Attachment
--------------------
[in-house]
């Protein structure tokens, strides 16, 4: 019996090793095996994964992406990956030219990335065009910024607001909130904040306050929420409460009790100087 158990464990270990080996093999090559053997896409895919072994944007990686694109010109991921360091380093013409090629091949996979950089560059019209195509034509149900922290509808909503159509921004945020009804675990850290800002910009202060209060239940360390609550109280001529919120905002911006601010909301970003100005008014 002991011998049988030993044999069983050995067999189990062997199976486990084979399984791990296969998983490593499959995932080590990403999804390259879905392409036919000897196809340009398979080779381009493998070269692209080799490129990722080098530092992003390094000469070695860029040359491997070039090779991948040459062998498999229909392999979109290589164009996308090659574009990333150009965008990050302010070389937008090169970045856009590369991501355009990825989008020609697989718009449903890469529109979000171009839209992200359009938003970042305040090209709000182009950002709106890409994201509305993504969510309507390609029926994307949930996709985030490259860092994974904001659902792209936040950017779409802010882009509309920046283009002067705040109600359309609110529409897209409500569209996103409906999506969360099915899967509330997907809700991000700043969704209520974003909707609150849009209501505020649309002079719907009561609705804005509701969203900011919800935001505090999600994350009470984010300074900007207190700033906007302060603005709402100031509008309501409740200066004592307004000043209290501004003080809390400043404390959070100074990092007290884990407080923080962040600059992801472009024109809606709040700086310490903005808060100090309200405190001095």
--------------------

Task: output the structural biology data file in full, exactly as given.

[in-house]
């Protein structure tokens, strides 16, 4: 019996090793095996994964992406990956030219990335065009910024607001909130904040306050929420409460009790100087 158990464990270990080996093999090559053997896409895919072994944007990686694109010109991921360091380093013409090629091949996979950089560059019209195509034509149900922290509808909503159509921004945020009804675990850290800002910009202060209060239940360390609550109280001529919120905002911006601010909301970003100005008014 002991011998049988030993044999069983050995067999189990062997199976486990084979399984791990296969998983490593499959995932080590990403999804390259879905392409036919000897196809340009398979080779381009493998070269692209080799490129990722080098530092992003390094000469070695860029040359491997070039090779991948040459062998498999229909392999979109290589164009996308090659574009990333150009965008990050302010070389937008090169970045856009590369991501355009990825989008020609697989718009449903890469529109979000171009839209992200359009938003970042305040090209709000182009950002709106890409994201509305993504969510309507390609029926994307949930996709985030490259860092994974904001659902792209936040950017779409802010882009509309920046283009002067705040109600359309609110529409897209409500569209996103409906999506969360099915899967509330997907809700991000700043969704209520974003909707609150849009209501505020649309002079719907009561609705804005509701969203900011919800935001505090999600994350009470984010300074900007207190700033906007302060603005709402100031509008309501409740200066004592307004000043209290501004003080809390400043404390959070100074990092007290884990407080923080962040600059992801472009024109809606709040700086310490903005808060100090309200405190001095």